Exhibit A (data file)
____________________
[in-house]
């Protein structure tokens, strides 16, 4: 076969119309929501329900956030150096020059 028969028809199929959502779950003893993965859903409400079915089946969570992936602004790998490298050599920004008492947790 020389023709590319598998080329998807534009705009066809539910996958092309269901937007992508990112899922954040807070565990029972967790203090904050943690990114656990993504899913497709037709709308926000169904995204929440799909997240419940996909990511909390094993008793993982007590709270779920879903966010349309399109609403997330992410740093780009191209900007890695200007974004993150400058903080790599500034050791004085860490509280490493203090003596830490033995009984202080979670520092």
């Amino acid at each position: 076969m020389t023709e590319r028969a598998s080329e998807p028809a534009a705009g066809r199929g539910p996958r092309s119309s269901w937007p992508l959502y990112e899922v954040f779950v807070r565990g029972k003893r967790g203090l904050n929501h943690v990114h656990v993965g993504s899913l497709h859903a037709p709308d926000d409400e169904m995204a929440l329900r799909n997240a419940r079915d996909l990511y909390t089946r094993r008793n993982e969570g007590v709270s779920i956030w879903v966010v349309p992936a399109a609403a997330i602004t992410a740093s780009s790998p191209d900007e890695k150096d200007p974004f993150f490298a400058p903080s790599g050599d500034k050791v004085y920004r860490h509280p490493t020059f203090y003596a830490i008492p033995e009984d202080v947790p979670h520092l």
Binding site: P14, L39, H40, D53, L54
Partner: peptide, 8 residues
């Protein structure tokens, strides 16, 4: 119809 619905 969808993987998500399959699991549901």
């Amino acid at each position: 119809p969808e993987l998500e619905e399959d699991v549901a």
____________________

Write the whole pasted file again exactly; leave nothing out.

[in-house]
């Protein structure tokens, strides 16, 4: 076969119309929501329900956030150096020059 028969028809199929959502779950003893993965859903409400079915089946969570992936602004790998490298050599920004008492947790 020389023709590319598998080329998807534009705009066809539910996958092309269901937007992508990112899922954040807070565990029972967790203090904050943690990114656990993504899913497709037709709308926000169904995204929440799909997240419940996909990511909390094993008793993982007590709270779920879903966010349309399109609403997330992410740093780009191209900007890695200007974004993150400058903080790599500034050791004085860490509280490493203090003596830490033995009984202080979670520092």
């Amino acid at each position: 076969m020389t023709e590319r028969a598998s080329e998807p028809a534009a705009g066809r199929g539910p996958r092309s119309s269901w937007p992508l959502y990112e899922v954040f779950v807070r565990g029972k003893r967790g203090l904050n929501h943690v990114h656990v993965g993504s899913l497709h859903a037709p709308d926000d409400e169904m995204a929440l329900r799909n997240a419940r079915d996909l990511y909390t089946r094993r008793n993982e969570g007590v709270s779920i956030w879903v966010v349309p992936a399109a609403a997330i602004t992410a740093s780009s790998p191209d900007e890695k150096d200007p974004f993150f490298a400058p903080s790599g050599d500034k050791v004085y920004r860490h509280p490493t020059f203090y003596a830490i008492p033995e009984d202080v947790p979670h520092l």
Binding site: P14, L39, H40, D53, L54
Partner: peptide, 8 residues
């Protein structure tokens, strides 16, 4: 119809 619905 969808993987998500399959699991549901």
């Amino acid at each position: 119809p969808e993987l998500e619905e399959d699991v549901a």